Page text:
Bicycling from Coos Bay to San Francisco; routes, tips, and maps?
September 27, 2014 8:02 PM   Subscribe

So my wife decided rather last-minute to tour the So. Oregon/California Coast from Coos Bay to San Francisco, as she wraps up a summer detail in NorCal.

I'm looking for advice, route tips, maps, and any other useful info. She's rather experienced in touring, though not so much lately, but definitely the adventurous type with plenty of camping experience and keen instincts.

Primarily looking for route maps for bike touring, and camping info. Also interested in advice for her return to Orville, CA with a bunch of gear from The City. Any help appreciated greatly.
posted by klinefelter to Travel & Transportation (6 answers total) 5 users marked this as a favorite
Best answer: I recommend looking at the Adventure Cycling Pacific Coast route.
posted by mvd at 11:48 PM on September 27, 2014 [2 favorites]

I would go SF to Coos Bay as that puts you on the earthside of the highway. The 101 can be a bit perilous and drivers are a bit nuts trying to pass the RV's. The climate is about the same along the Pacific coast between those two points though you'll likely be slightly upwind if you go from south to north.

"Also interested in advice for her return to Orville, CA with a bunch of gear from The City." Greyhound is fairly inexpensive.
posted by vapidave at 1:12 AM on September 28, 2014

Seconding Adventure Cycling's Pacific Coast route. I've done it and it's great.
posted by killdevil at 3:52 AM on September 28, 2014

though you'll likely be slightly upwind if you go from south to north

My experience on the Oregon coast suggests that "slightly" is not the right term. The wind can be really strong and there is a reason that north to south is the preferred route.
posted by Dip Flash at 5:53 AM on September 28, 2014 [4 favorites]

I just finished a tour down to the border and wrote about it here. It's all pretty self-explanatory, as the route is fairly well-signed. Mostly I used the Bicycling the Coast book, which is now available as a Kindle book and I'd read the next day's route each night on my phone. The Adventure cycling maps helped too, but I didn't even pack mine on my trip.

Google Maps on a phone set to bike directions was also handy in a pinch (when there was adequate cell coverage) and I also relied on the bike directions baked into my Garmin Edge 1000 bike computer, which has a "how do I ride to ____ city?" feature that leads you mostly to the coast bike route (sometimes it told me to take the main 101 route instead of the safer side roads).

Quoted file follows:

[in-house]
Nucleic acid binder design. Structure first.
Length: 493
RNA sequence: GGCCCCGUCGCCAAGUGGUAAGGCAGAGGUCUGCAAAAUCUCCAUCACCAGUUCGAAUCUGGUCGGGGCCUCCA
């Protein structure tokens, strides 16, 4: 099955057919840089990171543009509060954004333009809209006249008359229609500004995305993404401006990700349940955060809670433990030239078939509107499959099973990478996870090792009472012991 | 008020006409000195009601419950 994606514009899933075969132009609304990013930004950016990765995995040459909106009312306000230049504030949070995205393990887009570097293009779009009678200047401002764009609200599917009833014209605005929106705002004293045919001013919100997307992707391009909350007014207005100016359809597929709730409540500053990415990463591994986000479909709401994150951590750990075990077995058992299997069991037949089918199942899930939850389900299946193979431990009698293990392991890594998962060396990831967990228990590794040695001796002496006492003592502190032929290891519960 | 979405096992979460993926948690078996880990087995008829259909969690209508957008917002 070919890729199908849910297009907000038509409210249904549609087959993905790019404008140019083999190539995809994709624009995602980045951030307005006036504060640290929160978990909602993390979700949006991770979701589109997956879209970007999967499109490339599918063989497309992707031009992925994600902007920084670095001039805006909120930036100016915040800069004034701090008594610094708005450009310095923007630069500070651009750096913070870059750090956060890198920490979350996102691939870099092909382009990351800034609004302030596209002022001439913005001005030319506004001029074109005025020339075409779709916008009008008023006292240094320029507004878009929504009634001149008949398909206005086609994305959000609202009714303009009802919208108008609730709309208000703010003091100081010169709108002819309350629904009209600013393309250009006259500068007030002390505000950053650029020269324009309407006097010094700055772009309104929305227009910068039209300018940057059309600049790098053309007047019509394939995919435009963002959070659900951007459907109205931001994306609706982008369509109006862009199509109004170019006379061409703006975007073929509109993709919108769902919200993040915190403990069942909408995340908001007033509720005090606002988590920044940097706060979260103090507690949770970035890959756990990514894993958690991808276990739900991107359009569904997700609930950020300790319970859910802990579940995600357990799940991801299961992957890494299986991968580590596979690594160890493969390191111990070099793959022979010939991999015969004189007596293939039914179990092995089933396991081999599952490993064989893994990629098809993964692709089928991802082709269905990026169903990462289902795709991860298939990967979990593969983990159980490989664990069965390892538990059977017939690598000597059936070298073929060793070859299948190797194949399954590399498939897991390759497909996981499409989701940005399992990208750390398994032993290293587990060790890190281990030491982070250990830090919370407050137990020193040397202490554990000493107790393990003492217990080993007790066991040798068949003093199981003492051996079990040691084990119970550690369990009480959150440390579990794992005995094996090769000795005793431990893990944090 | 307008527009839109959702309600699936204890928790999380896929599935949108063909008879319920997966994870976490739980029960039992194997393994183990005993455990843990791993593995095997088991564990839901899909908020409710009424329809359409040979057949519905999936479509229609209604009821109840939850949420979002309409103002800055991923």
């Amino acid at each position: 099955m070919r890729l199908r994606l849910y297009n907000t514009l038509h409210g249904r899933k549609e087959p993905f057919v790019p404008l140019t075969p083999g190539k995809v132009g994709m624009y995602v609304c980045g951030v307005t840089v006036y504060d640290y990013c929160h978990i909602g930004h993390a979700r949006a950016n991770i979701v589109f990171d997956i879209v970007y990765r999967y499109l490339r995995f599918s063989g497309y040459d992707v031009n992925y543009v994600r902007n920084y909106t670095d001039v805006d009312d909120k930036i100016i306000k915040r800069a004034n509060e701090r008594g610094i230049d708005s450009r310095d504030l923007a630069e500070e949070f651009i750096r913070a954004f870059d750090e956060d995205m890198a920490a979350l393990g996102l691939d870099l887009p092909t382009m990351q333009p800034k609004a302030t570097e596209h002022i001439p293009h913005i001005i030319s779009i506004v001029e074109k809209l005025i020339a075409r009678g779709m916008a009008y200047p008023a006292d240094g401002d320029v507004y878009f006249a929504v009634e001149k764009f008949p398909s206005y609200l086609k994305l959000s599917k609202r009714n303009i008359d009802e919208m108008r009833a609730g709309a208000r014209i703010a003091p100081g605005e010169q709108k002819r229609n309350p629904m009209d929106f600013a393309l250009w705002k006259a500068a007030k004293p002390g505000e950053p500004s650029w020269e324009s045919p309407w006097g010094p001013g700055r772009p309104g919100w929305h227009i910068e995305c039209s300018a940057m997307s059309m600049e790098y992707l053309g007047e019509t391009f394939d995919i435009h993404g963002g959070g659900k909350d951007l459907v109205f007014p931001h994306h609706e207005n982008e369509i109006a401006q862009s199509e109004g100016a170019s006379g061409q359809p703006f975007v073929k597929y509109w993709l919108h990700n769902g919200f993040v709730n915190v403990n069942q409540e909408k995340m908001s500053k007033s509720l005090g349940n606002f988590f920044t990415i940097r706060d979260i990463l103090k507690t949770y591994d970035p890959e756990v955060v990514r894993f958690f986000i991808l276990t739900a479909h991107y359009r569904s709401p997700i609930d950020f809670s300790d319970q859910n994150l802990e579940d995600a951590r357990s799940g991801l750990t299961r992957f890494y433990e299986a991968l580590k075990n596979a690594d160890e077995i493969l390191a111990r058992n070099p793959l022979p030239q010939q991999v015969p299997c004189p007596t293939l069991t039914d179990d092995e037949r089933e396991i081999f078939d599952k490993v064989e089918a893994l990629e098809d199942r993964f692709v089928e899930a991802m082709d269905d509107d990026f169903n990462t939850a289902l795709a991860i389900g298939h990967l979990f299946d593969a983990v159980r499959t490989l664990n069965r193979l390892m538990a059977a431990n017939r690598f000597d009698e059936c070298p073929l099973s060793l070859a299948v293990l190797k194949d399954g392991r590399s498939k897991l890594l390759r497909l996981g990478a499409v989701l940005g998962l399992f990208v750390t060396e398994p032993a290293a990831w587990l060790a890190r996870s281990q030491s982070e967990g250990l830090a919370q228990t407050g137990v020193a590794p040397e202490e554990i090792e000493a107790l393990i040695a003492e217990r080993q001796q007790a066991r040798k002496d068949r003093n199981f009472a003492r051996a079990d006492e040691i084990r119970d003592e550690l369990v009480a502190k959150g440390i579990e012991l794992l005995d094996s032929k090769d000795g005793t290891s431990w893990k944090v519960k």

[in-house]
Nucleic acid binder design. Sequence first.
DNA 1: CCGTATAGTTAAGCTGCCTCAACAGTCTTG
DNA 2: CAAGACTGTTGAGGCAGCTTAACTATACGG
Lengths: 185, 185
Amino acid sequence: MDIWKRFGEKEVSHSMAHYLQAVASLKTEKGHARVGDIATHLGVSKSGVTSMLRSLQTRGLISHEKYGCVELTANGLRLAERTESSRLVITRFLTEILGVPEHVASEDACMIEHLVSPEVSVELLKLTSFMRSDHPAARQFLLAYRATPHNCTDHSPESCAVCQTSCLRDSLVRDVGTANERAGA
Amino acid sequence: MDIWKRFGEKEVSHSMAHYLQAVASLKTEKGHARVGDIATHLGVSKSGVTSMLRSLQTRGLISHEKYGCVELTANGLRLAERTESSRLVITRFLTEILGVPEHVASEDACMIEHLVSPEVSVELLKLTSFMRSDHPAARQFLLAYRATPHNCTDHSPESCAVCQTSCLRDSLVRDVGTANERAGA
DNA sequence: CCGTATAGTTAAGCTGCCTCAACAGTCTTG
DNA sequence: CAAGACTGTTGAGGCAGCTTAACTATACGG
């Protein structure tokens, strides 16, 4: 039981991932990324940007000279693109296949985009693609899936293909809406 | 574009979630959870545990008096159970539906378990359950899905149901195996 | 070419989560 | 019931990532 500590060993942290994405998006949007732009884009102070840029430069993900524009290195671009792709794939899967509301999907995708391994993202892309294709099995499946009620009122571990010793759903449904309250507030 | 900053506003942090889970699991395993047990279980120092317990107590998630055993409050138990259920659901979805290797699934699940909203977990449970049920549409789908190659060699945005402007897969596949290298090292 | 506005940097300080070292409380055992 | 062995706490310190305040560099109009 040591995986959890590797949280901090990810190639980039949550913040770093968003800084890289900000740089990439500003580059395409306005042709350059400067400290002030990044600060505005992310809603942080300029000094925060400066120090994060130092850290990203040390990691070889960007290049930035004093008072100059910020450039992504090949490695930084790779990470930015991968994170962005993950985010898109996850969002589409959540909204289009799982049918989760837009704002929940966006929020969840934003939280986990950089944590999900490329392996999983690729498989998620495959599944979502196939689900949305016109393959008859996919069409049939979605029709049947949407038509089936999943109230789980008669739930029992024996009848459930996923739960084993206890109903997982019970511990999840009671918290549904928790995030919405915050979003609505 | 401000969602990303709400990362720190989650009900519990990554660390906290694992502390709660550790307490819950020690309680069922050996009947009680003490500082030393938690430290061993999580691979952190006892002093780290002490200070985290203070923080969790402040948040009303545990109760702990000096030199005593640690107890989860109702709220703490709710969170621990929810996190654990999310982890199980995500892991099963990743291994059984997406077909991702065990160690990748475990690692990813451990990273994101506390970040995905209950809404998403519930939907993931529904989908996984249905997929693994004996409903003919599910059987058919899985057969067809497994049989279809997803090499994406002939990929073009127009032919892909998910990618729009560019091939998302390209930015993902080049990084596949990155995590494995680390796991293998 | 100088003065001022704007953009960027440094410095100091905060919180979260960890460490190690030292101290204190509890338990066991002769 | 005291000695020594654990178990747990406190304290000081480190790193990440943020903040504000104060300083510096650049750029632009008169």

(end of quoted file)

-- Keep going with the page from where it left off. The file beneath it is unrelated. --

Overall, it's mostly just riding down Highway 101, which is a bit of a drag and is fairly unsafe at times, with about 25% of the entire Oregon coast for me was on frontage roads away from 101. The biggest piece of advice I'd give is don't ride on Saturday and Sundays, at all. The traffic goes up by 10x on the weekends and the unsafe parts get VERY unsafe during the weekend.
posted by mathowie at 3:19 PM on September 28, 2014 [1 favorite]

I rode the coast from Newport, OR to SF some (20!) years ago. The north-to-south route is strongly preferred, not just because the prevailing winds are north-to-south, but because at least in Oregon the highway is designed for bicycles to be going southbound. The southbound shoulders of 101 are much wider, as a result.

I thought the ride was excellent, even along 101, but I second the idea of not riding the main roads on a weekend. I rode Route 1 in Mendocino on a Saturday in August, and it was awful, with cars piling up behind me on climbs and then whipping past while I clung to the railing at the crest. When I got to Bodega Bay, I spent the Sunday sitting on the beach rather than face that weekend traffic getting into Marin County.

Really, it's a marvelous ride, not particularly unsafe, nearly all in public view, with cheap campgrounds all the way down and plenty of places to stop, rest, get water, pee, etc. And I'm sure there are fewer logging trucks barreling down 101 now than there were 20 years ago.
posted by suelac at 4:49 PM on September 28, 2014

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